Plan for healthcare costs that aren’t covered by Medicare

Unfortunately, Medicare doesn’t cover everything. If you need care beyond what Original Medicare offers, you’ll generally need to make up the difference. Knowing what Medicare pays for (and what it doesn’t) may help you prepare to handle out-of-pocket medical expenses.

Anticipating out-of-pocket costs

To start, let's take a look at situations where out-of-pocket costs can occur.

Original Medicare Part A costs

Generally, most people who’ve worked and paid taxes don’t pay a premium for Original Medicare Part A. Original Medicare Part A helps cover hospital stays and nursing care but not doctors' visits or long-term care.

There are some out-of-pocket costs you’ll have to pay on your own. For example, you generally won’t have to pay a premium for Original Medicare Part A if you paid payroll taxes when you were employed. However, there is a deductible you’ll have to meet before your Original Medicare Part A benefits kick in. 

In 2021, the annual deductible is $1,484 per benefit period before the plan pays for hospitalizations. Generally, it covers about 80% of Medicare-approved inpatient costs for the first 60 days of a hospitalization. If your stay is longer than that, or if a service is above the Medicare-approved amount, you'll be responsible for paying extra.

Original Medicare Part B costs

This pays for a portion of doctors’ appointments, outpatient procedures, laboratory tests, ambulatory care, mental healthcare and some home health services. The Original Medicare Part B premium in 2021 is $148.50 a month (or higher, depending on your income)—plus an annual deductible of $203.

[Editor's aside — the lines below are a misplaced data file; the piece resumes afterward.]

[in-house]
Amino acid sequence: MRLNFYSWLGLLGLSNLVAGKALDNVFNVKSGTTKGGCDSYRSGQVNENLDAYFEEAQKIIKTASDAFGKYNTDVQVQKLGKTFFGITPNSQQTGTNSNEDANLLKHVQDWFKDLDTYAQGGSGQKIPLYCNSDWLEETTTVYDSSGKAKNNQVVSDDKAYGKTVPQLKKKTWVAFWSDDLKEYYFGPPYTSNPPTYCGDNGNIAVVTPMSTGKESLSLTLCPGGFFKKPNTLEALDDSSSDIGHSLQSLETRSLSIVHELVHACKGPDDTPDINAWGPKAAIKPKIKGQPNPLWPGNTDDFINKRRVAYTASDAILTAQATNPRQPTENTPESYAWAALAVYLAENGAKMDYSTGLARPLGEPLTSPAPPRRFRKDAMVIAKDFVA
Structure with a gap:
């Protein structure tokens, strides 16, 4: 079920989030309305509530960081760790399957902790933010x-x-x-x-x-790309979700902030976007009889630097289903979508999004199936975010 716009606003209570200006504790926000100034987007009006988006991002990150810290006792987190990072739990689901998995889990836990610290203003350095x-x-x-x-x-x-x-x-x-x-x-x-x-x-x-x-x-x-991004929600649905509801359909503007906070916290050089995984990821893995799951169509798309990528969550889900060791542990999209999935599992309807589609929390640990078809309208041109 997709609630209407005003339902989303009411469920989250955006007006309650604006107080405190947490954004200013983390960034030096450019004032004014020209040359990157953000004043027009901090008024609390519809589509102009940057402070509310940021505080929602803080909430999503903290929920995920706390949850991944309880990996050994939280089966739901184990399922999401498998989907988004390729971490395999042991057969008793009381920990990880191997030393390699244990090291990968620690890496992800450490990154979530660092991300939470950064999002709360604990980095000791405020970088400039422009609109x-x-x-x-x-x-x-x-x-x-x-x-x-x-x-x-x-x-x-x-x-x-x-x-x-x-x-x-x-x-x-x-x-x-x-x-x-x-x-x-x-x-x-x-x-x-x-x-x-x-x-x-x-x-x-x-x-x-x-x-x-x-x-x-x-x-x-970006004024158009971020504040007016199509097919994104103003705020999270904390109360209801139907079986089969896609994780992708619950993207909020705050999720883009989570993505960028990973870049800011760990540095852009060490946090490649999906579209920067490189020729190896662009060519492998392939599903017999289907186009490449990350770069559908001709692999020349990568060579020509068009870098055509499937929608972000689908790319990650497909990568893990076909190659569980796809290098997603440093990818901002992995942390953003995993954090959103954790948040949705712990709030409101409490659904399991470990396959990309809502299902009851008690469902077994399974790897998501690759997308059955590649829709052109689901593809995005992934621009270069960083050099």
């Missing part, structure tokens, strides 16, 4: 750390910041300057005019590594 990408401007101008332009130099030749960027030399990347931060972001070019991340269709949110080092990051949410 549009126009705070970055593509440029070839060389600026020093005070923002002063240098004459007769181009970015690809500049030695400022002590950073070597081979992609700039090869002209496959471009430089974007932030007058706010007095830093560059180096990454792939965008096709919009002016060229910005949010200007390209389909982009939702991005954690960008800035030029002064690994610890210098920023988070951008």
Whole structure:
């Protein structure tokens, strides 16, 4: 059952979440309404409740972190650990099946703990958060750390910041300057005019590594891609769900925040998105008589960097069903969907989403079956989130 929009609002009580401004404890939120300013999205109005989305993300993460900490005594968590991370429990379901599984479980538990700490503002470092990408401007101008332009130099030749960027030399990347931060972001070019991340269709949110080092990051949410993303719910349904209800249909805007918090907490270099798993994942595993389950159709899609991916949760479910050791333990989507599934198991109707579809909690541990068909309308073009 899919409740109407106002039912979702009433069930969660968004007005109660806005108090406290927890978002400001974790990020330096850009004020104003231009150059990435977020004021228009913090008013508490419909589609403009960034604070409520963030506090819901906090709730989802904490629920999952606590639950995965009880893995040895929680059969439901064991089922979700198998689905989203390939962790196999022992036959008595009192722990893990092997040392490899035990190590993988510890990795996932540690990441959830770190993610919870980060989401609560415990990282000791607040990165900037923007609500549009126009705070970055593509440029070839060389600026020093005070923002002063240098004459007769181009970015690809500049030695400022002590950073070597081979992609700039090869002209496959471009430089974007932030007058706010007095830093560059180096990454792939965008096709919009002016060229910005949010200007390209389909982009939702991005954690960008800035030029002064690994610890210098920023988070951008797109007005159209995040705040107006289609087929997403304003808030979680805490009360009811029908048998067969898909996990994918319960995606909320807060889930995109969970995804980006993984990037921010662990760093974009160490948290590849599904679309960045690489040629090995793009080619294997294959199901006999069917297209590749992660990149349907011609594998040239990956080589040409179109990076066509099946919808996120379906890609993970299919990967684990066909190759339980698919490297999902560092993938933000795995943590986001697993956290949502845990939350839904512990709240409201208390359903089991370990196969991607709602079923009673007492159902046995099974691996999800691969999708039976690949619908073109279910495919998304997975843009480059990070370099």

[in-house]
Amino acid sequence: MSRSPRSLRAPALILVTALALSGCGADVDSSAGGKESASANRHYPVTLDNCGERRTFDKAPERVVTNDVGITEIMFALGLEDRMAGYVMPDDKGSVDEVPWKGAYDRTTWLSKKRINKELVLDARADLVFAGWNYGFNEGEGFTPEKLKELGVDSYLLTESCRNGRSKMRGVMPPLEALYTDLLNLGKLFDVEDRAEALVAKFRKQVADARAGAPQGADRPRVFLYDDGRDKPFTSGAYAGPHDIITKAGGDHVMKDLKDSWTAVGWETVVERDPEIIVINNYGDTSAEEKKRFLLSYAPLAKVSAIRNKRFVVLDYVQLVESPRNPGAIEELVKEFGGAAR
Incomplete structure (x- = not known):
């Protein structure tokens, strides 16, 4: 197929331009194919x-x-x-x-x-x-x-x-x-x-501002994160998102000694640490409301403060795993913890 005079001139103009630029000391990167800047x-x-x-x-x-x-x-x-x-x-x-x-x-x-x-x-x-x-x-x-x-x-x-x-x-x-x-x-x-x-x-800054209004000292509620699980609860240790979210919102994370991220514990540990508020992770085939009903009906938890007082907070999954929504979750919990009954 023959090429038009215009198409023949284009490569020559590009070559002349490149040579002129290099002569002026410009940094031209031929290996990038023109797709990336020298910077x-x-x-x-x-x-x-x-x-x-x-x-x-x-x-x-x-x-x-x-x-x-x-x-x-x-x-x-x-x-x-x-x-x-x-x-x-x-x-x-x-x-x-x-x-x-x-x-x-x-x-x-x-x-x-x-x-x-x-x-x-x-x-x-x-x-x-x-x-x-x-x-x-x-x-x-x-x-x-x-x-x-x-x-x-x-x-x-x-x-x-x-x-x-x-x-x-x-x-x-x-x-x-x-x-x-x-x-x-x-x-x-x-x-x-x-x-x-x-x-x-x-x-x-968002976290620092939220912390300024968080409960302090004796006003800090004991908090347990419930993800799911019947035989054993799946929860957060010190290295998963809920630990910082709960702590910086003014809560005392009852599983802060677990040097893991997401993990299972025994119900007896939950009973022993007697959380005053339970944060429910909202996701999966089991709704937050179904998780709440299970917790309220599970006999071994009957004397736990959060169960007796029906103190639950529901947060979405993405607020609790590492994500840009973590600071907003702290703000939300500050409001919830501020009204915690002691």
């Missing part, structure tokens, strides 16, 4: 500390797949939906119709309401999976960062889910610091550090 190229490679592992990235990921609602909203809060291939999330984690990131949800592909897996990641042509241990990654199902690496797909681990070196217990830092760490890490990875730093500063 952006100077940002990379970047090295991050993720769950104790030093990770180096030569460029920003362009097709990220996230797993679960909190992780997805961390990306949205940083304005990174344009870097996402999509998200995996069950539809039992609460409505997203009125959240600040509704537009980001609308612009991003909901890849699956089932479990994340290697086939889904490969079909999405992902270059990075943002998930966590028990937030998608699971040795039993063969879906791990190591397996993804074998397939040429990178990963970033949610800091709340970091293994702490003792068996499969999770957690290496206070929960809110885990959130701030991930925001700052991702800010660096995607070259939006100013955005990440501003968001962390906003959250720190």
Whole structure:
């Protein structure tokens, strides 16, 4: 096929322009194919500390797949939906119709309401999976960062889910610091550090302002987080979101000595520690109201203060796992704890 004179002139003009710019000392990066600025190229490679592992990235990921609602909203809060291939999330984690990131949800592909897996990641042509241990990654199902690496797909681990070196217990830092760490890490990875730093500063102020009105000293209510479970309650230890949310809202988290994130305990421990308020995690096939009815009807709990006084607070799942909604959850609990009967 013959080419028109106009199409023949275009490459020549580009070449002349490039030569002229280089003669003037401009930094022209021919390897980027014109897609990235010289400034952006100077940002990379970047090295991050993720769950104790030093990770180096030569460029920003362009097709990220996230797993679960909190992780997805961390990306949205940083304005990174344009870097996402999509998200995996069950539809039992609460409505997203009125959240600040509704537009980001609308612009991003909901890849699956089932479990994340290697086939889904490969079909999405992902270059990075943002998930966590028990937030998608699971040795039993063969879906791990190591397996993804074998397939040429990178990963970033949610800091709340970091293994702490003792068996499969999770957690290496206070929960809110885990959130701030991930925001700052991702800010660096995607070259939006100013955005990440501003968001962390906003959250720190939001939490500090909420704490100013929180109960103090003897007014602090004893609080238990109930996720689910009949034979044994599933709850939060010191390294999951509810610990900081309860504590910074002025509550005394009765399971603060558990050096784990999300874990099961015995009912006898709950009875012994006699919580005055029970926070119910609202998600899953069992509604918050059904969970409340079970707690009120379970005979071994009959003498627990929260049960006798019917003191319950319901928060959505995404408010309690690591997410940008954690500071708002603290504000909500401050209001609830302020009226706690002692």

Medicare Part C costs

Also known as Medicare Advantage, these plans include Original Medicare Part A and Part B benefits. While Original Medicare generally does not cover dental and hearing, Medicare Advantage plans may include additional coverage for routine dental and hearing care, along with prescription drug coverage. 

That doesn't mean out-of-pocket costs will not pop up. Fortunately, all Medicare Advantage plans offer an annual maximum out-of-pocket limit, after which you pay nothing for covered services.

Medicare Part D

If you don’t choose a Medicare Part C plan that includes prescription drug coverage, but still want prescription coverage, you may be able to enroll in a stand-alone Part D prescription drug plan. Most plans require a monthly premium, deductibles and copays.

Note that there is a late enrollment penalty, opens new window for signing up for Part D after the deadline. Be sure to check each plan’s drug list before you decide on a plan, to ensure that the medicines you take are included.

Other out-of-pocket expenses

Original Medicare generally does not cover dental, vision and hearing services. Routine dental care, prescriptions, eyeglasses and hearing aids are a few things Original Medicare Part A and Part B don’t cover. Long-term care or custodial care, which differs from the nursing care covered under Original Medicare Part A, also is not covered.

If you’re traveling outside of the U.S., your Medicare coverage won’t travel with you. If you need healthcare while traveling internationally, you’ll likely have to pay for it yourself.

A Medicare Advantage plan may help

Many Medicare Advantage plans offer benefits not covered by Original Medicare—things like prescription drug coverage, routine dental, vision and hearing care.

Another feature Medicare Advantage offers is the security of an out-of-pocket spending limit each year. That amount varies from plan to plan and can change each year.

Humana answers your Medicare questions

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